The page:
Title

Imagining Home: Planning an American Dream

Document Type

Interview

Publication Date

2005

Subjects

Poor African Americans, Poverty and development, Social justice, Segregation, Racial equity, Racism, Race relations, Anti-racism

Abstract

Imagining Home, a feature documentary, traces the transformation of a historic, maligned, and cherished public housing neighborhood in Portland, Oregon into a multi-cultural, mixed-income urban development. Through stories of several displaced and relocated families, the film elicits the soul of a neighborhood, and asks: “Can we re-create a community that fosters integration and equity, and in doing so offer a model for the future of our nation’s cities?” Synthesizing image, emotion, and idea, the film encourages audiences to “inhabit” the lives of characters facing poverty, community upheaval, and multi-cultural integration.

The film tracks the growth of the community from its inception as a housing project for white WWII shipyard workers in 1942 to its demolition 61 years later and, finally, its rebirth and struggle to reidentify itself outside of the entrenched stigma it faces. Relying on the accounts of former residents, housing managers, and city officials, among others, the film follows the arc of life in an inner urban community, as it endures critical social development stages and emerges a strong, resilient, nurturing community.

Like many disadvantaged communities, the “Villa” provided a haven for single mothers, refugees from many troubled nations, survivors of domestic abuse, the elderly and disabled, all seeking better circumstances for themselves and their children. Columbia Villa ultimately became the most culturally diverse neighborhood in Oregon’s history, with over 17 primary languages spoken. Despite struggling with isolation, poverty, stigma, and crime, the Villa emanated a remarkable sense of unity and belonging.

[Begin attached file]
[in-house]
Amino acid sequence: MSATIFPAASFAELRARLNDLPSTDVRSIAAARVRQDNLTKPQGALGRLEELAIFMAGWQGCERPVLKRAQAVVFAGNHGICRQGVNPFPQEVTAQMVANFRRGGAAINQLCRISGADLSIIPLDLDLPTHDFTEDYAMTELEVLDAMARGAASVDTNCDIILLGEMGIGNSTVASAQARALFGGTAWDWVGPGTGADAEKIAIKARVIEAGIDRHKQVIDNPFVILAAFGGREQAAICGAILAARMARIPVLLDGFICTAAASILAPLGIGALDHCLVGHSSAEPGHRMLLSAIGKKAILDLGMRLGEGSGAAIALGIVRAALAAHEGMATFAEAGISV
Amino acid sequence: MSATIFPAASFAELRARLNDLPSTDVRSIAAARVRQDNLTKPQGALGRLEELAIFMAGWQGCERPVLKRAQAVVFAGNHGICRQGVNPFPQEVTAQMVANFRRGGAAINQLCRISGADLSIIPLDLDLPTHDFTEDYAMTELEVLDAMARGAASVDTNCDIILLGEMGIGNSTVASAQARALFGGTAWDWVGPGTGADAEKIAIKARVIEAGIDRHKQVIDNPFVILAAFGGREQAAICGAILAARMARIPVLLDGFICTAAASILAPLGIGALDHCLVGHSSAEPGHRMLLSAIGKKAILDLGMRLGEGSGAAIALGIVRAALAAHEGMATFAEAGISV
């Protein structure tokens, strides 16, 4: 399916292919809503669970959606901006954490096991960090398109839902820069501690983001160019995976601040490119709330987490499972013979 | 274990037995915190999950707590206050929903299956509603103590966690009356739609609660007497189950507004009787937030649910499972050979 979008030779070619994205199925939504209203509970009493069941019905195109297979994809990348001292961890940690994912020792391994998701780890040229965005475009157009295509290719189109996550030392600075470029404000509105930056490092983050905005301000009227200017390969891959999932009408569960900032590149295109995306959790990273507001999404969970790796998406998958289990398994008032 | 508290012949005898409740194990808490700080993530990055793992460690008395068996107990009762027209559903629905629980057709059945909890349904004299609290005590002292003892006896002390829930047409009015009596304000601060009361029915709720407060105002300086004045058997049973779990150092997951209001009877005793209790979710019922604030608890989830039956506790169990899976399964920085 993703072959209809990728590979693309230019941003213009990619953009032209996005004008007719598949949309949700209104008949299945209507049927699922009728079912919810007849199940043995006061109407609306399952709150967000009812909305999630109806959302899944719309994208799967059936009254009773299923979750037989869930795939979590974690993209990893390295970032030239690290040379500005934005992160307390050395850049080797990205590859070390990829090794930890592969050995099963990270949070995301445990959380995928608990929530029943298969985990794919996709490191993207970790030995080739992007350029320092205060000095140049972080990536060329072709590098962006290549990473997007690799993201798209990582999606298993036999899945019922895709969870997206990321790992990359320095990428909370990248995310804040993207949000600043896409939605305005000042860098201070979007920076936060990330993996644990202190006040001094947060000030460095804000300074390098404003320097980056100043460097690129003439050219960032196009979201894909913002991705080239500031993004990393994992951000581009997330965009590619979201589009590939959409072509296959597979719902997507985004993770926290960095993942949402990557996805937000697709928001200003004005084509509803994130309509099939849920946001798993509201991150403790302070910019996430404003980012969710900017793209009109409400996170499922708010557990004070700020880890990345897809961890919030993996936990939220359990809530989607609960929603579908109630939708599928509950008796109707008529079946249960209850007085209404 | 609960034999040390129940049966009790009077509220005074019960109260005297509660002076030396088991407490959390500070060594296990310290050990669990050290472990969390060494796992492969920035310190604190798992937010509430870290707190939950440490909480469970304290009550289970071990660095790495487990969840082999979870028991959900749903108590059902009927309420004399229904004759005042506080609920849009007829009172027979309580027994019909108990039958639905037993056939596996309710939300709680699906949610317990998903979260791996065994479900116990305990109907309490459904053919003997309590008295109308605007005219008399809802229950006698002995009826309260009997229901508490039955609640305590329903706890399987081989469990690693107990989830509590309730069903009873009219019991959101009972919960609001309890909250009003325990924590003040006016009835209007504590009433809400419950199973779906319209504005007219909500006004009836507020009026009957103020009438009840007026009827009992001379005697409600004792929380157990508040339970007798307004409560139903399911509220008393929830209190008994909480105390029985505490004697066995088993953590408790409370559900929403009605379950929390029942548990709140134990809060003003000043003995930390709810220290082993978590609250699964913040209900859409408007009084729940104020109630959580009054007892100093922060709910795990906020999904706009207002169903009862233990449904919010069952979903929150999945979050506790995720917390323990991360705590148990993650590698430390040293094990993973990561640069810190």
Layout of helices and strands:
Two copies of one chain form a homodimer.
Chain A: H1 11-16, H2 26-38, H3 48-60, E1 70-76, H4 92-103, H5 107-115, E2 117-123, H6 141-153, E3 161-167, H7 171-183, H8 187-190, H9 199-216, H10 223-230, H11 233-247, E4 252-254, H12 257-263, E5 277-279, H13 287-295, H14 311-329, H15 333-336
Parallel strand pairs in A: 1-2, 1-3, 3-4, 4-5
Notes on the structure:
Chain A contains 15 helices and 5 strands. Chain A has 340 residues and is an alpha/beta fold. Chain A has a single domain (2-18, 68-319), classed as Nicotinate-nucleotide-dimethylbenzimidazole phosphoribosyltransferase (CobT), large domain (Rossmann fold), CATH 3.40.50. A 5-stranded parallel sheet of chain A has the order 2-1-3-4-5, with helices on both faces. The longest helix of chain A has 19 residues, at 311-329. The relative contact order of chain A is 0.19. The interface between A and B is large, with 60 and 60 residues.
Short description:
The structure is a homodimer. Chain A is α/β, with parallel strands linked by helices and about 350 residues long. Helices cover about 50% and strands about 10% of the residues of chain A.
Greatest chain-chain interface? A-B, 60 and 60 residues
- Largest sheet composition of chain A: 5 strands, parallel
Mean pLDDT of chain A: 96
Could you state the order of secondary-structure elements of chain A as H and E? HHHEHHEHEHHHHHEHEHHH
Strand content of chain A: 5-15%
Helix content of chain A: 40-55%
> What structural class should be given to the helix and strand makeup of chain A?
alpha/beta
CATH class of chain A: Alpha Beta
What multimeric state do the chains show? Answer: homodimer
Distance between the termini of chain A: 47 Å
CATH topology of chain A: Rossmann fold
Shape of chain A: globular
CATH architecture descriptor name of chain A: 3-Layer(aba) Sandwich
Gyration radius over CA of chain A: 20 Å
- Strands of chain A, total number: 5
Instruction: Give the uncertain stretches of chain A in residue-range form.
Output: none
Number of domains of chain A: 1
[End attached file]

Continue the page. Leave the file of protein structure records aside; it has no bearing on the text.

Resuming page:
From racial integration to the War on Poverty to gang violence and back to peaceful interaction and the building of strong relationships among its residents, this 82-acre community represents the challenges of urban neighborhoods around the country. What is different about this community is that the city decided to tear it down and rebuild it, following the model of New Urbanist design — including a population with mixed incomes, several levels of rental and home ownership options, front porches, open spaces, just like an idyllic neighborhood ‘should be.’ But, when the time comes for the reinhabitation of the community, will the former residents come back? How will they rebuild their once nurturing community?

Imagining Home addresses critical and controversial issues surrounding our inner-city neighborhoods and urban revitalization issues that go largely ignored in mainstream media and are sparsely represented in public television. It is a well-rounded, deeply considered story about current problems told by the people most directly affected. It is a story about one small Portland, Oregon neighborhood, but the lessons it teaches have urgent nationwide relevance.

Persistent Identifier

https://archives.pdx.edu/ds/psu/34836

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